|Biobased and Renewable Products Update|
Bicameral Bills Seek To Reform RFS
On November 14, 2019, Senator Tom Udall (D-NM) and Representative Peter Welch (D-VT) introduced legislation seeking to reform the Renewable Fuel Standard (RFS) under the Clean Air Act (CAA). The Growing Renewable Energy through Existing and New Environmentally Responsible (GREENER) Fuels Act is intended to mitigate the “harmful environmental impacts of the corn ethanol mandate,” according to a press release issued by the lawmakers. The bill would phase out the corn ethanol mandate and immediately reduce the amount of ethanol in fuel by as much as 1 billion gallons by capping the amount of ethanol that can be blended into conventional gasoline at 9.7 percent. The legislation also seeks to help farmers return cornfields to pasture and wildlife habitat through a 10 cents per renewable identification number (RIN) fee to fund a new Private Land Protection and Restoration Fund in the U.S. Treasury. The fund will help pay for Department of Interior (DOI) programs that pay for easements on private lands to keep them out of agricultural production; keep the lands in conservation uses like grass, forest, stream buffers, or pollinator habitat; and help farmers transition land currently in crop production into other uses. The GREENER Fuels Act also would extend the cellulosic and advanced next-generation biofuel mandate until 2 billion gallons of annual production is achieved or 2037, whichever is sooner, and alters the way the mandate is implemented to produce liquid transportation fuels that dramatically reduce greenhouse gas emissions.
EPA Announces OCSPP Meeting To Discuss TSCA New Chemicals Program
On November 20, 2019, the U.S. Environmental Protection Agency’s (EPA) Office of Chemical Safety and Pollution Prevention (OCSPP) announced a public meeting to engage with stakeholders interested on the implementation of the Toxic Substances Control Act (TSCA) New Chemicals Program. The meeting will be held on December 10, 2019, from 10:00 a.m. to 3:00 p.m. (EST), and will include:
- An overview of EPA’s updated
“Working Approach” document that builds on EPA’s “New Chemicals Decision
Making Framework: Working Approach to Making Determinations under Section
5 of TSCA”;
- A demonstration of how EPA uses
key concepts in the Working Approach to reach certain conclusions and/or
make determinations under TSCA Section 5(a)(3) using case examples;
- An update on confidential
business information (CBI) process improvements and clarifications; and
- A discussion of EPA’s ongoing efforts and progress to increase transparency.
During the meeting, EPA will provide an opportunity for stakeholders to provide input on the topics mentioned above. Feedback can also be submitted via the docket on or prior to January 24, 2020.
By the end of 2019, EPA expects to make the “Working Approach” document available for written public comments.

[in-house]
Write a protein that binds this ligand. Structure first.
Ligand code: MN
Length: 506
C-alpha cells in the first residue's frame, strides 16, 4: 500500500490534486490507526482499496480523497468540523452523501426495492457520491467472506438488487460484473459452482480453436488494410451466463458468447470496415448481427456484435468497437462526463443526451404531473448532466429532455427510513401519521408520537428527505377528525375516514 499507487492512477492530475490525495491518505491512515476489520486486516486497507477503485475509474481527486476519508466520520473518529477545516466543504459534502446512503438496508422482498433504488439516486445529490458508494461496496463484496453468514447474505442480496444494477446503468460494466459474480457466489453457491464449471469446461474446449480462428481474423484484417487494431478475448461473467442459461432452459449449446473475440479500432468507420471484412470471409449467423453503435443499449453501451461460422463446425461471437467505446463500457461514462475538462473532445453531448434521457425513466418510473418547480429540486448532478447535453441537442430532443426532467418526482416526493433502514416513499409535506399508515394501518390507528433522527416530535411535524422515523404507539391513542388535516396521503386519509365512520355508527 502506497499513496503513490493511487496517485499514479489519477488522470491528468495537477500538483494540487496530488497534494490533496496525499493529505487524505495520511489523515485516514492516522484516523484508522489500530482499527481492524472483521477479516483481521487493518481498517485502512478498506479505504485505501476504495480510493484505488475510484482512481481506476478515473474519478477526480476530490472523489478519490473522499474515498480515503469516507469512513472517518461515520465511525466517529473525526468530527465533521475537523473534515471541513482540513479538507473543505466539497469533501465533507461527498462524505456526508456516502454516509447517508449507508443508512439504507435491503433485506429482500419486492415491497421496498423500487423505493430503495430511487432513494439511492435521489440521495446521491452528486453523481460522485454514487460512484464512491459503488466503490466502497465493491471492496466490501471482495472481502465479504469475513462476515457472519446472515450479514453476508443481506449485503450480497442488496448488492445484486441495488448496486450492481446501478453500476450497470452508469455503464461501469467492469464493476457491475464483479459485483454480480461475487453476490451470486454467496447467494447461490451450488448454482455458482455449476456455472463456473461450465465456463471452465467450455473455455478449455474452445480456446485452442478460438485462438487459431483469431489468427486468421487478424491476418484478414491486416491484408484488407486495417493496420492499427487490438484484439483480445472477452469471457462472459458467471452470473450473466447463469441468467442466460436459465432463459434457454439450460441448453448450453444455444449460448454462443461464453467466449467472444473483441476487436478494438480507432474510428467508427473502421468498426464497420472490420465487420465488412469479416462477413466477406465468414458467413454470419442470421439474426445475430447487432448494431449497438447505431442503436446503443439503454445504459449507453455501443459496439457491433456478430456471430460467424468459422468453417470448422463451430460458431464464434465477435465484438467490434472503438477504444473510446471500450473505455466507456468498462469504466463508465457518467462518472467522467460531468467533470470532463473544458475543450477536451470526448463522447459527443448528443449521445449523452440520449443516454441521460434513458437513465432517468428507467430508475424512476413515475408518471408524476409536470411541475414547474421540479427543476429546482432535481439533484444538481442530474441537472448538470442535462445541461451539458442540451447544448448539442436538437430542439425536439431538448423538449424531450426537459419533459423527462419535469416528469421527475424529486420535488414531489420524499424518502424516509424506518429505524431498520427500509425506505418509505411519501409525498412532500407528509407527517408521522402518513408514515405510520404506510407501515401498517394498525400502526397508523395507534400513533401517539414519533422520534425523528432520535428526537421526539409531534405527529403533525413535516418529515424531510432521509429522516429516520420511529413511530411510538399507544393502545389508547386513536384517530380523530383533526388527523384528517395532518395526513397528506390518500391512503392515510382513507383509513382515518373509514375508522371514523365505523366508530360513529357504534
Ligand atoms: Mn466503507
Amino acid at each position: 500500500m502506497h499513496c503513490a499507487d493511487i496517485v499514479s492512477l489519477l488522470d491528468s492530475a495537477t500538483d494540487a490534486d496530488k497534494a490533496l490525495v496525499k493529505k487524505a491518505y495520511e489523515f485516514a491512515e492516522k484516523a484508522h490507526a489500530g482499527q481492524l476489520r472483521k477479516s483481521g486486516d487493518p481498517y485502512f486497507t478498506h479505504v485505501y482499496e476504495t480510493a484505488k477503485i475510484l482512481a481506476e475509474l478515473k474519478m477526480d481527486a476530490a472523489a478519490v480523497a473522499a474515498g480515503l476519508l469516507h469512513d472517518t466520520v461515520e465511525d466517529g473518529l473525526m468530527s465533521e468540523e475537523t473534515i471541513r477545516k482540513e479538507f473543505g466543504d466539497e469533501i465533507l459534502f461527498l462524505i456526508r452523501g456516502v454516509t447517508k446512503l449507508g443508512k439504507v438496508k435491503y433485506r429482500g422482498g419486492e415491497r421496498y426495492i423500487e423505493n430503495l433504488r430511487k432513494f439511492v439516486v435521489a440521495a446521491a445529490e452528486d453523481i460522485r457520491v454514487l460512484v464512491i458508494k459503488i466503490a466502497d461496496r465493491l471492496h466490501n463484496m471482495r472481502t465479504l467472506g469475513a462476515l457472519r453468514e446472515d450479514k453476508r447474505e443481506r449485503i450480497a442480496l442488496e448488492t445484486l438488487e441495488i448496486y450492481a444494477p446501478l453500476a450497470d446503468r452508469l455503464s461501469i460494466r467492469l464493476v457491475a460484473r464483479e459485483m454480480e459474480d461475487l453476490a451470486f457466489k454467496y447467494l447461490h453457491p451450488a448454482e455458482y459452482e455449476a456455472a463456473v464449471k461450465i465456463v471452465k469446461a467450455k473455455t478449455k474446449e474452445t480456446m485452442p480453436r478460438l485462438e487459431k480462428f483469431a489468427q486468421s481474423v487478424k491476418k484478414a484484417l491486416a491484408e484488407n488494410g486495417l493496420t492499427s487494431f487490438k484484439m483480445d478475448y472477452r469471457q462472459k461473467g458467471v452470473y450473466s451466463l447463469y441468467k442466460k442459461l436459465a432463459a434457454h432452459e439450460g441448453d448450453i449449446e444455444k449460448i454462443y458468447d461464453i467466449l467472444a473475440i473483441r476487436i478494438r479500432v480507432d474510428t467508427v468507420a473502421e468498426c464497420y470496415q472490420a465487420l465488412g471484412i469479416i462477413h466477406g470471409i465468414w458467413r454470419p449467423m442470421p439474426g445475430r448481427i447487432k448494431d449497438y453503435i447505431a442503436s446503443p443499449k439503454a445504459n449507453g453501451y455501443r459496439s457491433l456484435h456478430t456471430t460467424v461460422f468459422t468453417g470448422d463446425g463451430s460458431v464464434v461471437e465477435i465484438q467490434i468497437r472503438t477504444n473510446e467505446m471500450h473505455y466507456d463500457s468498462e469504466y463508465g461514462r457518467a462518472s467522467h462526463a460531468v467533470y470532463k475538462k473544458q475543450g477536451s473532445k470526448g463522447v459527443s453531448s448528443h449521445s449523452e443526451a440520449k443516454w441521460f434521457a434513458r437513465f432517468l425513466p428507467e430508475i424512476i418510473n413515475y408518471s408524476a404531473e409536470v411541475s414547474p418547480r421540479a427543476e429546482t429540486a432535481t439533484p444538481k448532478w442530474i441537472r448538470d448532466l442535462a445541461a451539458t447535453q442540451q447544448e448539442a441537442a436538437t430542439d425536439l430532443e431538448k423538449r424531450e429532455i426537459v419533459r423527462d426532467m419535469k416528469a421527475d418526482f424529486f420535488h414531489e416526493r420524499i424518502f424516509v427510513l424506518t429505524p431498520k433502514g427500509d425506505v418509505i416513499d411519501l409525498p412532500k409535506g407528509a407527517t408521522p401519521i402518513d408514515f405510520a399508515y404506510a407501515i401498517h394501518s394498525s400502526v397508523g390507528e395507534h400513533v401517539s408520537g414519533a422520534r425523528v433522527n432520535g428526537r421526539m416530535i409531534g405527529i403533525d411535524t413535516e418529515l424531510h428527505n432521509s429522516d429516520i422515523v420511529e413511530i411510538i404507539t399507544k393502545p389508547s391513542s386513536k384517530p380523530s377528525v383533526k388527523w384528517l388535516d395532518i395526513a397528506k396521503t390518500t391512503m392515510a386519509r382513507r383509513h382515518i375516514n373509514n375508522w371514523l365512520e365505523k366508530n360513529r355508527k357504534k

FDA Acting Director Of Therapeutic Biologics And Biosimilars Provides Statement On Continued Efforts To Facilitate Competition In The Biologic Marketplace
On November 15, 2019, Sarah Yim, M.D., acting director of the Food and Drug Administration (FDA) Office of Therapeutic Biologics and Biosimilars in FDA’s Center for Drug Evaluation and Research, released a statement on FDA’s continued progress facilitating competition in the biologic marketplace with approval of its 25th biosimilar project. In her statement, Dr. Yim highlights FDA’s approval of one of nine new biosimilar products approved in 2019. Bringing the overall total of biosimilar approvals to 25, Dr. Yim states: “I’m pleased to see this progress and am confident that the market for these therapies will continue to grow.” Approved under FDA’s Biosimilar Product Development Program, the 25th biosimilar announced is one of 38 products that have been enrolled in the program. The program’s goal is to discuss development of proposed biosimilar products or interchangeable products, laying the foundation for ongoing competition in the marketplace.
Typically more complex than other drugs and developed through advanced science, biological products, commonly referred to as biologics, are generally made from natural or living sources, such as animal and plant cells, and microorganisms such as bacteria or yeast. Biologics and biosimilar products are highly similar to, and have no clinically meaningful differences from, existing FDA-approved biologic products called reference products. As part of FDA’s efforts to support these products, Dr. Yim also highlighted FDA’s work under the Biosimilars Action Plan. The work under this plan includes efforts to develop and implement new biosimilar-specific review templates and progress toward the development and validation of pharmacodynamic biomarkers tailored to biosimilar development. Part of these efforts involves FDA’s provision of scientific and regulatory clarity for the biosimilar development community, combined with communication and outreach education. Dr. Yim concludes: “The promise of biosimilar and interchangeable biological products in providing increased access to important therapies is great, and the FDA will continue to do all that we can to facilitate competition in this area.”
Futurism, “This Startup Says It Can Create “Meat” Out of Thin Air”|
ScienceDaily, “Researchers Design an Improved Pathway to
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